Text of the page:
Charlie Kaufman’s First Movie in Years Is a Mind-Bender

Netflix’s I’m Thinking of Ending Things is presented as a psychological-horror drama, but it’s so much more.

Mary Cybulski / Netflix

“‘Most people are other people. Their thoughts are someone else’s opinions, their lives a mimicry, their passions a quotation.’ That’s an Oscar Wilde quote.” So says the unnamed protagonist of I’m Thinking of Ending Things in one of her many internal monologues. Only four major characters populate Charlie Kaufman’s new film, which debuts Friday on Netflix—a woman; her boyfriend, Jake; and his parents, whom she’s about to meet. But the strange conversations that drive the plot feel like they’re coming from dozens of voices and a thousand different directions. The viewer questions what is real and what is merely the echo of memory.

If that sounds confusing, or even downright hostile to the audience, well, that describes the Charlie Kaufman experience. He’s a celebrated screenwriter, who won an Oscar for Eternal Sunshine of the Spotless Mind. But as a director, he’s made only three feature films in 12 years, each of them a challenging and rewarding work. I’m Thinking of Ending Things is based on the chilling novel of the same name by Iain Reid, and is presented as a horror movie, in which a routine trip becomes a nightmare. But, as with all of Kaufman’s work, so much lies beneath those genre trappings.

The early action is largely confined to a car on a snowy country road, where our heroine (played by Jessie Buckley) and Jake (Jesse Plemons) banter amiably while driving to the farm where he grew up. But the woman’s inner thoughts suggest something darker is afoot—she’s thinking of ending things, knows that Jake will never meet her parents, and is on the trip only out of curiosity. Jumping between mundane dialogue and fraught internal confession is a Kaufman specialty, and every pause in the script feels rife with tension.

Mary Cybulski / Netflix

The second act introduces Jake’s parents, an overbearing pair played by David Thewlis and Toni Collette. His mother is a homebody who’s so tightly wound, she’s practically snapped; in multiple scenes, she reminisces on Jake’s childhood and adulthood almost simultaneously. After an awkward dinner, time begins to mutate: Buckley’s character stumbles from room to room and encounters Jake’s parents at different ages. This kind of subconscious-plumbing psychodrama—which derives its scares from our fears of aging, loneliness, and decay—has been a favorite of Kaufman since his first movie screenplay, 1999’s Being John Malkovich.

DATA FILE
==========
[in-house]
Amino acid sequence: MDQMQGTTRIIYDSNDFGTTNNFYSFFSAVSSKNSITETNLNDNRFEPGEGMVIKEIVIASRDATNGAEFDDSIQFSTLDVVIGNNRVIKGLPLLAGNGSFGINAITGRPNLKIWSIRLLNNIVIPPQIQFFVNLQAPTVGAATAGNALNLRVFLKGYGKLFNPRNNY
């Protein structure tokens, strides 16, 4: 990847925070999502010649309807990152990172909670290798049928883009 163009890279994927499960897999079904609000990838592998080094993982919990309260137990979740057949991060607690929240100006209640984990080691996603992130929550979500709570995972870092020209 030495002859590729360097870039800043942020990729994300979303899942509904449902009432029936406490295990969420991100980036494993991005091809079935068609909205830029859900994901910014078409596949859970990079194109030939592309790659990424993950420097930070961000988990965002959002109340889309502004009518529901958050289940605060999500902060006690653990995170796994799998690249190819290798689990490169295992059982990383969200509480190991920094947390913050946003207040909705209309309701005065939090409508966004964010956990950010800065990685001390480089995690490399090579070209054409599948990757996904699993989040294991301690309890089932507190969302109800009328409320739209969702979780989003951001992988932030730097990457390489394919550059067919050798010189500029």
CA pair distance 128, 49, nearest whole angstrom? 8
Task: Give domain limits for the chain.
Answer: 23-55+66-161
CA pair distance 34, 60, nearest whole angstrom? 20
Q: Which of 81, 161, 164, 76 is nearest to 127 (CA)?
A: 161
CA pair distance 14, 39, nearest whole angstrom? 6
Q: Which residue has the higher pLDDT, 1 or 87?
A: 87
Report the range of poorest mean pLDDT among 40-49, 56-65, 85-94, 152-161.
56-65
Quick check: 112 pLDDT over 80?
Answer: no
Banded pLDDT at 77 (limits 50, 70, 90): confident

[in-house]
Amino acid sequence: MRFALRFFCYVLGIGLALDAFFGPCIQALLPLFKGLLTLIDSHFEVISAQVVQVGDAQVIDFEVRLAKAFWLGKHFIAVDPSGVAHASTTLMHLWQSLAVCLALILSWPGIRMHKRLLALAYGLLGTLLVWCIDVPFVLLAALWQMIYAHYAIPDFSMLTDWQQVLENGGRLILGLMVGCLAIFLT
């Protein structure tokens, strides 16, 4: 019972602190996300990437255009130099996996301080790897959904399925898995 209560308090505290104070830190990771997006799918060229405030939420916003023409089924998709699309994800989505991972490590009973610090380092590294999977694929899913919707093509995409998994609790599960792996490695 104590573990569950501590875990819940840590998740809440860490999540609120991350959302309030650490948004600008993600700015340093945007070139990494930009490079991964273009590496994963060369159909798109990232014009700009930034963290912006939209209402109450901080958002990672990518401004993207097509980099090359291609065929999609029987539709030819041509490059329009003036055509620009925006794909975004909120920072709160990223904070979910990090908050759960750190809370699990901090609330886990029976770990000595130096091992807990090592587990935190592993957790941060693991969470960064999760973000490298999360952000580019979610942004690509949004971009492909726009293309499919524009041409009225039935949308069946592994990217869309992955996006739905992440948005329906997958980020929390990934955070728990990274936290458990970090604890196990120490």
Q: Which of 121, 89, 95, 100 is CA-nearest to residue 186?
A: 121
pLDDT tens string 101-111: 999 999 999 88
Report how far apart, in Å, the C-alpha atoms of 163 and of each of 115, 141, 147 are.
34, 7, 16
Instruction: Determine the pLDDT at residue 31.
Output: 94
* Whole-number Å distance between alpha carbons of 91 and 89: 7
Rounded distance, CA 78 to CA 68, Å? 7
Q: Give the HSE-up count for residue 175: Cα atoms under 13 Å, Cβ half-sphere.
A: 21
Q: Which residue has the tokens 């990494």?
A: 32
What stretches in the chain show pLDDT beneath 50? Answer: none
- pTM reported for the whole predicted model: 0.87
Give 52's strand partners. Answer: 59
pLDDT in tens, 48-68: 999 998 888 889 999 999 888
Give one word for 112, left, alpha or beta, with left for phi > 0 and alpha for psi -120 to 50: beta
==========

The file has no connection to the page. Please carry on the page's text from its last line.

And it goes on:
I’m Thinking of Ending Things is no ordinary meet-the-parents drama. There’s a reason the action keeps cutting to an old janitor (Guy Boyd) cleaning a high school on a lonely night shift. On first viewing, the film works as a whirlwind of atmosphere more than anything else, so I noticed the hints about the janitor’s identity bread-crumbed throughout the script only after rewatching. Reid’s novel builds to a horrifying twist, but Kaufman, who has never cared for such plotting norms, takes his movie down a more crooked road in its final act.

As the story unfolds, its fuzzily defined characters see their identities shift in unforeseen ways. Sometimes, they recite reams of dialogue that seem to come out of nowhere (including excerpts from a Pauline Kael movie review). The musical Oklahoma!, an ostensibly cheerful work that contains a lot of inner darkness, is a prominent motif in the film. Through it all, Kaufman prods the viewer to consider not only the couple on screen, but also the sad dynamics that drive so many relationships: the desire to be seen as smart, independent, and accomplished, but also the deeper desire to simply not be alone.

This is a work of adaptation, Kaufman’s first since the multidimensional comedy Adaptation (a movie about the difficulty of adapting a novel for the screen). Though he’s kept the structure of Reid’s novel, Kaufman’s obsessions and mordant views on romance bleed through every frame. I’m Thinking of Ending Things is long (two hours and 14 minutes) and often frustrating, but it’s also incredibly satisfying on rewatch, which makes its Netflix release a boon. There’s a weird thrill to getting lost inside this movie, only so you can study every odd detail from new angles, over and over again.